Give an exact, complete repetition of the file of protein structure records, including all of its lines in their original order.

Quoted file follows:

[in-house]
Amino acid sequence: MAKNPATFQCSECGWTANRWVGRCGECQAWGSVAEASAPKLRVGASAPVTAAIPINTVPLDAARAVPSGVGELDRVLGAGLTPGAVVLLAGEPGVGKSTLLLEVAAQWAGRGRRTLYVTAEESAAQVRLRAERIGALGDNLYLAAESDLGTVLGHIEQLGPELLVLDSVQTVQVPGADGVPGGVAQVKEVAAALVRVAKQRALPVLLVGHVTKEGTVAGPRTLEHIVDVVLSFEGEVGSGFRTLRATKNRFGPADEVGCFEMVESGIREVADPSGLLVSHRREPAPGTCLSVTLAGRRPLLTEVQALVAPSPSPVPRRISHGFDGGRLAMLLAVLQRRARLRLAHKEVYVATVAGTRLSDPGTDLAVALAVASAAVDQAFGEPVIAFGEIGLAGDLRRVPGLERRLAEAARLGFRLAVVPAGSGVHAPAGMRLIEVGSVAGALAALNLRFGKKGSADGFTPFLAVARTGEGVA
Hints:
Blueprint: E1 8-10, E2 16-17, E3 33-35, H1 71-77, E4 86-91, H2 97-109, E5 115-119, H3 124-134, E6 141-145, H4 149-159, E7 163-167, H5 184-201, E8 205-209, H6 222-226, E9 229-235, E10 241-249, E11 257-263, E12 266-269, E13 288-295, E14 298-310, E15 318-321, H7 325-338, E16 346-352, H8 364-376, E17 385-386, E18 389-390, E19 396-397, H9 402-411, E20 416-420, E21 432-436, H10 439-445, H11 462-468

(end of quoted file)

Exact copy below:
[in-house]
Amino acid sequence: MAKNPATFQCSECGWTANRWVGRCGECQAWGSVAEASAPKLRVGASAPVTAAIPINTVPLDAARAVPSGVGELDRVLGAGLTPGAVVLLAGEPGVGKSTLLLEVAAQWAGRGRRTLYVTAEESAAQVRLRAERIGALGDNLYLAAESDLGTVLGHIEQLGPELLVLDSVQTVQVPGADGVPGGVAQVKEVAAALVRVAKQRALPVLLVGHVTKEGTVAGPRTLEHIVDVVLSFEGEVGSGFRTLRATKNRFGPADEVGCFEMVESGIREVADPSGLLVSHRREPAPGTCLSVTLAGRRPLLTEVQALVAPSPSPVPRRISHGFDGGRLAMLLAVLQRRARLRLAHKEVYVATVAGTRLSDPGTDLAVALAVASAAVDQAFGEPVIAFGEIGLAGDLRRVPGLERRLAEAARLGFRLAVVPAGSGVHAPAGMRLIEVGSVAGALAALNLRFGKKGSADGFTPFLAVARTGEGVA
Hints:
Blueprint: E1 8-10, E2 16-17, E3 33-35, H1 71-77, E4 86-91, H2 97-109, E5 115-119, H3 124-134, E6 141-145, H4 149-159, E7 163-167, H5 184-201, E8 205-209, H6 222-226, E9 229-235, E10 241-249, E11 257-263, E12 266-269, E13 288-295, E14 298-310, E15 318-321, H7 325-338, E16 346-352, H8 364-376, E17 385-386, E18 389-390, E19 396-397, H9 402-411, E20 416-420, E21 432-436, H10 439-445, H11 462-468